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New player landscape suggests there’s no place like home


(From left): Jake Lever, Gary Ablett and Josh Schache. All have sought a return to their native states. Image: SPORTING NEWS AUSTRALIA

New player landscape suggests there’s no place like home

Rohan Connolly    

Whatever the potential explanations for its cause, there’s not much doubt the “go home” factor right now is looming larger over AFL than it has ever before.

It seems every way you turn, there’s a senior player wanting to return to his state of origin, from a young and still-raw Brisbane key forward Josh Schache, to a star in Jake Lever who was seemingly well settled in his adopted state, to even a veteran in Gary Ablett.

The Ablett story, specifically the tragic death last week of his older sister Natasha, was a salient reminder to those who’d judge harshly the motivations of those players that the call of family and friends is not one to be underestimated.

Some of the commentary over the past 12 months around Ablett’s desire to return to Geelong from Gold Coast had been scathing indeed.

The dual Brownlow medallist has given the Suns seven seasons of outstanding service, Gold Coast at times during his stay virtually a one-man team, his performance levels rarely waning despite the consistent, demoralising under-achievement of his club.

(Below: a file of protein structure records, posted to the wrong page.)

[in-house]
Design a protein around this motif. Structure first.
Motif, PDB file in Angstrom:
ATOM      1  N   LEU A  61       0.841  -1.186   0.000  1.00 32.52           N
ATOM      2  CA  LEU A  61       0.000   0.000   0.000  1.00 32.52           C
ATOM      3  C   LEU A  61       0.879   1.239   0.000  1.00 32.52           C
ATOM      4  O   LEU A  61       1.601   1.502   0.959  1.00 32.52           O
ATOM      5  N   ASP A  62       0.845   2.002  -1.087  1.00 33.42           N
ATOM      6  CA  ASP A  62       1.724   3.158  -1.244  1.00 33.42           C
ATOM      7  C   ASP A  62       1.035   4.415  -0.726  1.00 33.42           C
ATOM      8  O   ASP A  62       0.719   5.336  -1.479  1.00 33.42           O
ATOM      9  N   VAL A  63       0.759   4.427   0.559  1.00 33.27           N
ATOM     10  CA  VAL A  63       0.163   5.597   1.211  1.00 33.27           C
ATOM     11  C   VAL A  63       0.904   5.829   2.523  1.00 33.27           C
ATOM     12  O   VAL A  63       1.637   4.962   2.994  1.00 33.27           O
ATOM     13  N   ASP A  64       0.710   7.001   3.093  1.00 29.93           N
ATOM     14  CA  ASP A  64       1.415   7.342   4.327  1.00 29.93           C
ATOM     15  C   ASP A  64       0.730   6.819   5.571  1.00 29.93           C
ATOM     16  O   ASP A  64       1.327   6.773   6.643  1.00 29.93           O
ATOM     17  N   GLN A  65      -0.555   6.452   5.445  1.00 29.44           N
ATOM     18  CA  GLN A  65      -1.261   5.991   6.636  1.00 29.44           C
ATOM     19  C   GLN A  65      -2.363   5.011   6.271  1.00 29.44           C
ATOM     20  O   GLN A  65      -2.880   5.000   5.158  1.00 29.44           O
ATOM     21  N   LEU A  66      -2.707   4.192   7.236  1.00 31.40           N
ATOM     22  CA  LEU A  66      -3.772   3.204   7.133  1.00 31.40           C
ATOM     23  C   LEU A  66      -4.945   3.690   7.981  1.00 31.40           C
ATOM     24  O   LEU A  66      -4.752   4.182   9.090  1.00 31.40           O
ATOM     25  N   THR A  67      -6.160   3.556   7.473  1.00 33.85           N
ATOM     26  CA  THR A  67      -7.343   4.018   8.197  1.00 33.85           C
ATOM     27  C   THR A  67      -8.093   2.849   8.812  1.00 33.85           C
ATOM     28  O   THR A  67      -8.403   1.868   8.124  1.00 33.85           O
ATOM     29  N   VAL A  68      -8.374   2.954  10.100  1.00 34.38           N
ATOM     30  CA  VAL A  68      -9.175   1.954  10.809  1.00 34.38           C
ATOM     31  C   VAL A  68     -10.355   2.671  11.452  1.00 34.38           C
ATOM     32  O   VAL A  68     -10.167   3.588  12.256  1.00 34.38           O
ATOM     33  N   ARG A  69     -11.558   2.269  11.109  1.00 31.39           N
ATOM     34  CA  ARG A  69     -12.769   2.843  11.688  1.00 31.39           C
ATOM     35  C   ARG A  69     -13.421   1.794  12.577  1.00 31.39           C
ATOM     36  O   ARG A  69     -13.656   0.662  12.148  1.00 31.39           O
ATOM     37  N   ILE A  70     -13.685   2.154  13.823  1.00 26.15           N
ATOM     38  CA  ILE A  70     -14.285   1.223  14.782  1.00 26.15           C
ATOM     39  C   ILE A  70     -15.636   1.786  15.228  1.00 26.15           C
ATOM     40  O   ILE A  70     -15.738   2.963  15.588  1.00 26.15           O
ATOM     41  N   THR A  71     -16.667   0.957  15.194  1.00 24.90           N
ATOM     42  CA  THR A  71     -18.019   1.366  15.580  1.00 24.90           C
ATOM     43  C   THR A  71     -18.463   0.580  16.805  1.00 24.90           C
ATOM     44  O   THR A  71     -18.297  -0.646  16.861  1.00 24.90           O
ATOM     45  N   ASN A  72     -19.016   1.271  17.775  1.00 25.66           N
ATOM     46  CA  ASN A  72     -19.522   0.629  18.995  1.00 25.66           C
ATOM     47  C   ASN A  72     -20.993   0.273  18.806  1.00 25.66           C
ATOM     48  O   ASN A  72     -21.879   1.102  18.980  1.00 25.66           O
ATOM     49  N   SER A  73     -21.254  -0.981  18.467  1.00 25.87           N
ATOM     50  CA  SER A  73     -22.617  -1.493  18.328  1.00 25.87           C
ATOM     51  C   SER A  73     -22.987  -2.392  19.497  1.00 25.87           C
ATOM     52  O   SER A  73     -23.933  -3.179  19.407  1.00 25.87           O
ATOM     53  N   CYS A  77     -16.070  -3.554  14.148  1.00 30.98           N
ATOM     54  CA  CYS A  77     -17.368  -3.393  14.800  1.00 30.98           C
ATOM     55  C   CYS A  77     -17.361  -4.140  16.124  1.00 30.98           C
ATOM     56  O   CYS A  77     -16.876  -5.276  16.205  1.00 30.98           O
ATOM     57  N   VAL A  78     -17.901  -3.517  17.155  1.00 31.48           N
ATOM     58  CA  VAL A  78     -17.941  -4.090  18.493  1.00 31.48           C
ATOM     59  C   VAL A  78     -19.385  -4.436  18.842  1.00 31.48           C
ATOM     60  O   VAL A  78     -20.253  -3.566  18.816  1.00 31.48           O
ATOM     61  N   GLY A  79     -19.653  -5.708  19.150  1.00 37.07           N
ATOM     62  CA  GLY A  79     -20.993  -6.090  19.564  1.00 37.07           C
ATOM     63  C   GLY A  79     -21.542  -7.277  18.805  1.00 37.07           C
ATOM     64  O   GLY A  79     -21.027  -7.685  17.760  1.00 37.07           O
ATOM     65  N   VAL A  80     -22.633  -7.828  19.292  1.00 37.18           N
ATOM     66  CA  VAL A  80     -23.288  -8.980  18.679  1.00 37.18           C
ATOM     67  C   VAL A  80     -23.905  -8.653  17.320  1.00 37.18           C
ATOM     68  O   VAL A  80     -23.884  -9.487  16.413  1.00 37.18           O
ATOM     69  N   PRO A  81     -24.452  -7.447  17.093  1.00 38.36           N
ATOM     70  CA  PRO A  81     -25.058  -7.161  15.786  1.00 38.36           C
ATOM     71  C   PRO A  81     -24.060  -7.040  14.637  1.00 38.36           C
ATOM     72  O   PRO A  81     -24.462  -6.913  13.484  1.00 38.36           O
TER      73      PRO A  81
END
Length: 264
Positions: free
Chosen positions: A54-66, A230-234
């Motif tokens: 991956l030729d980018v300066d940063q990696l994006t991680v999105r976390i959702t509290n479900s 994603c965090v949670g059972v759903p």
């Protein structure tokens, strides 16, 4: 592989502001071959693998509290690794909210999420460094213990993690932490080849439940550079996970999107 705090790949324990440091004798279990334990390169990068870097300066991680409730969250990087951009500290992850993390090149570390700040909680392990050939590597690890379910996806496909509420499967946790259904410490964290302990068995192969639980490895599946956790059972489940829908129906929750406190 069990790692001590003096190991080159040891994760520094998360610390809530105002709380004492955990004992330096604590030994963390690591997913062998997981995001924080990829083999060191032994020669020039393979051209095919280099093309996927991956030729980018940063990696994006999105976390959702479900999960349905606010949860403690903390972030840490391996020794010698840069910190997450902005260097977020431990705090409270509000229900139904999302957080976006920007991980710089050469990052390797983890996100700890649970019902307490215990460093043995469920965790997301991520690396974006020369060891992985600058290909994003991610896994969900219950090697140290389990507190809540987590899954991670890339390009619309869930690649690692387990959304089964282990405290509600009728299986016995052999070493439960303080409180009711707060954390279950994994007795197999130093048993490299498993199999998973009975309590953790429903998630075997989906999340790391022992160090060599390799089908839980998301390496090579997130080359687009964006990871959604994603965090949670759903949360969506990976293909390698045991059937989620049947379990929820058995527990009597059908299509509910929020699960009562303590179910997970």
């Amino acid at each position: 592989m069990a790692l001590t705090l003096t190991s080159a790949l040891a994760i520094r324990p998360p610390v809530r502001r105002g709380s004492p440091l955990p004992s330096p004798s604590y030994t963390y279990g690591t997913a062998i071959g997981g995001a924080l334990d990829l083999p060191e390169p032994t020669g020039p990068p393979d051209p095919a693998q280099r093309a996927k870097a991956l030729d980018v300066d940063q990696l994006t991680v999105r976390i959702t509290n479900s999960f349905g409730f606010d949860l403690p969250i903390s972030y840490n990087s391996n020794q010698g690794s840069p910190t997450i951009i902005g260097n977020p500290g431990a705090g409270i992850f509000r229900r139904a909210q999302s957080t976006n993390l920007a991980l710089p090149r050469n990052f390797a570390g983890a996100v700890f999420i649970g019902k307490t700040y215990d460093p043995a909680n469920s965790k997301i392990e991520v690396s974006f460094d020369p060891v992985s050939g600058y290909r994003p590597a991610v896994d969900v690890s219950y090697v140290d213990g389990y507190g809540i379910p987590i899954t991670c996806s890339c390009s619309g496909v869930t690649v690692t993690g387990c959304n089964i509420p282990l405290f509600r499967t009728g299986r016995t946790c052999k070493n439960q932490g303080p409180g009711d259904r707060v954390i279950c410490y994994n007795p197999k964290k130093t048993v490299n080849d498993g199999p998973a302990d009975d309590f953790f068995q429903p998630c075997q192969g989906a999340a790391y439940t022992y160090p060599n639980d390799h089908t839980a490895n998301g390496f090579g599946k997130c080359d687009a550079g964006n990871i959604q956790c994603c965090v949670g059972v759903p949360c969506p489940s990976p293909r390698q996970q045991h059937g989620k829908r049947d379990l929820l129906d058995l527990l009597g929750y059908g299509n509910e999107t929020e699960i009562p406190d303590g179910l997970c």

He’s been called selfish, self-obsessed and greedy. Now the full story has emerged, you can only hope some of Ablett’s harshest critics might feel just a little chastened and a lot more empathic.

Lever’s case has prompted widely polarised views, but seemingly an equal divide between those who feel he was duty-bound to stay in Adelaide and those right behind his wish to play for Melbourne next year.

Schache, meanwhile, seems to have plenty of public sympathy on his side as he seeks a return to Victoria.

Significantly, however, from a purely professional perspective, there hasn’t been much shown by AFL clubs, the No.2 pick in the 2015 national draft suddenly struggling to attract potential suitors. It’s as though the “buyer beware” sign has been hung over his head.

Why are players now seemingly less inclined to tough it out for as long in adopted football homes?

An old school view would be along generational lines about an alleged lack of resilience on the part of today’s football youth, a group who haven’t had to fend for themselves much and demand things on their own terms.

A far more likely explanation is the extent to which player movement has opened up over the last five years since the advent of free agency.

Whether free agency has had the consequences it was supposed to is highly debatable. But it’s beyond dispute it’s not only players of eight or 10 years service to a particular club who have been encouraged to seek a change.

Free agency seems to also have given the green light to far less experienced AFL players to attempt to engineer a shift elsewhere, as well as prompting greater fluidity of senior lists, making the trade period busier than ever.

Veteran coach Mick Malthouse certainly isn’t a fan.

“Too often now, young players — contracted or not — are deciding they’ve had enough of their clubs and are using the line ‘I want to go home’ to get traded,” Malthouse wrote in his weekend newspaper column. “ I can’t tell you how much I detest that excuse.”